German Finance Minister Wolfgang Schaeuble said Europe is moving gradually toward a banking union and is on its way toward solving the issue of existing bad debt in the banking industry.
“We’re working step-by-step in the direction of a European banking union to separate the risks of sovereign debts and the banking system,” Schaeuble said in a speech in English at the Council on Foreign Relations in Washington. “We’re on the way and we’ll find a common solution” for the “very complicated issue of legacy” debt, the minister said.
Europe, which has been “over-banked,” needs “a strong and a European supervision of banks,” Schaeuble said. Implementation of the Single Supervisory Mechanism in coming weeks is an important step on the way, he said.
The European Central Bank is set to take on oversight powers over all euro-area banks next year after the legislation underpinning the supervisory system was signed off yesterday in Brussels. Irish Finance Minister Michael Noonan, whose country holds the EU’s rotating presidency, said the next building blocks on the way to a banking union should be bank resolution and deposit guarantees.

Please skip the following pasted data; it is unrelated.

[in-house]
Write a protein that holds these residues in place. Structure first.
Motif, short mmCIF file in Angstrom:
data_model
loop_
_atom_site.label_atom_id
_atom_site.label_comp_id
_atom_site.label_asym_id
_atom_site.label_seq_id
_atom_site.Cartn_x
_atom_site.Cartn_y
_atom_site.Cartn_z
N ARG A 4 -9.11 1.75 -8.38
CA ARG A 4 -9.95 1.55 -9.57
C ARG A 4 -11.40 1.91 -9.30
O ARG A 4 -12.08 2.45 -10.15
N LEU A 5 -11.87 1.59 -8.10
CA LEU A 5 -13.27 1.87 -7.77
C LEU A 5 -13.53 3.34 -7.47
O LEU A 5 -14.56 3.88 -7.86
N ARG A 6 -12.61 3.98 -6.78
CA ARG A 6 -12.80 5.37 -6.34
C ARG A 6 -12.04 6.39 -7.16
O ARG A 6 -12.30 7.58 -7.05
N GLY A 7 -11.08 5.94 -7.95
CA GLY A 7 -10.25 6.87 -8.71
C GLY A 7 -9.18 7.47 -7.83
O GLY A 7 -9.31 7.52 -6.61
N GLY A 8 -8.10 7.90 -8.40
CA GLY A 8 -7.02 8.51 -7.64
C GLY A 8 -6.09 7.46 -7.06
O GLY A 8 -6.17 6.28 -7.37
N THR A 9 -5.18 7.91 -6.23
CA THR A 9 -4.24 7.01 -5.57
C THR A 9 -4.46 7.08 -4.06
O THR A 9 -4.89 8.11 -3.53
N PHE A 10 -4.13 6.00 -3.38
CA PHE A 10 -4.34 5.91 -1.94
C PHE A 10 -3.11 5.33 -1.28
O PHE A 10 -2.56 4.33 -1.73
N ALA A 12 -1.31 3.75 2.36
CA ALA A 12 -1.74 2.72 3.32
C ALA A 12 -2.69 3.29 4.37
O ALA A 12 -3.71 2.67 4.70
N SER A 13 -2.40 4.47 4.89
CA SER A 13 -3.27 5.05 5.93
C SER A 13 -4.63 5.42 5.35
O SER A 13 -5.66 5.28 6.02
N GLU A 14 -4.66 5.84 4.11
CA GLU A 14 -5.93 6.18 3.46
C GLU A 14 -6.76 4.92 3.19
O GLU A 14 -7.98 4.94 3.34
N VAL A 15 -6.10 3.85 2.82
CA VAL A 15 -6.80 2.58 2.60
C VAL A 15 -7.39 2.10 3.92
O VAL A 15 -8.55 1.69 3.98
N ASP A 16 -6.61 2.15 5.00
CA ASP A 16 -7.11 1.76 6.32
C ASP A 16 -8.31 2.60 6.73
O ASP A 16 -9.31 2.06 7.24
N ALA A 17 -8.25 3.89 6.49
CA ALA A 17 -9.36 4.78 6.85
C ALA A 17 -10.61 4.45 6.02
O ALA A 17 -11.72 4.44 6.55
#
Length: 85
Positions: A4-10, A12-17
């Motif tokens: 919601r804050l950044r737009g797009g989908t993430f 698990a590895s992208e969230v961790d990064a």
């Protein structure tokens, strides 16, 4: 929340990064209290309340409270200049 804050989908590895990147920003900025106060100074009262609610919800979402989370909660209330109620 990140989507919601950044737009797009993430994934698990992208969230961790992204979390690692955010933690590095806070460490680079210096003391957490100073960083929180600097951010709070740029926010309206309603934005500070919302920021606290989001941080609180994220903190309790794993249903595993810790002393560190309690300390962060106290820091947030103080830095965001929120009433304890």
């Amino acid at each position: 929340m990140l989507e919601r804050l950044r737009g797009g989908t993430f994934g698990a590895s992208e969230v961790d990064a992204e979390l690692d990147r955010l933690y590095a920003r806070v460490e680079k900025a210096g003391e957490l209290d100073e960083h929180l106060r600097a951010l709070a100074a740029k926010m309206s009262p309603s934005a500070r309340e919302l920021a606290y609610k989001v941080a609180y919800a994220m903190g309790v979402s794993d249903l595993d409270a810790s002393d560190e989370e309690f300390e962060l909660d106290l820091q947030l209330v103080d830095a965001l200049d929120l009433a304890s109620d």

Schaeuble and Jens Weidmann, the country’s central bank chief, said earlier today that treaty changes are needed to put a future European banking union on a sound legal footing. As Germany’s highest court is strict about monitoring the legality of transfers of power away from the government and parliament, “limited treaty change” will be necessary, Schaeuble said.
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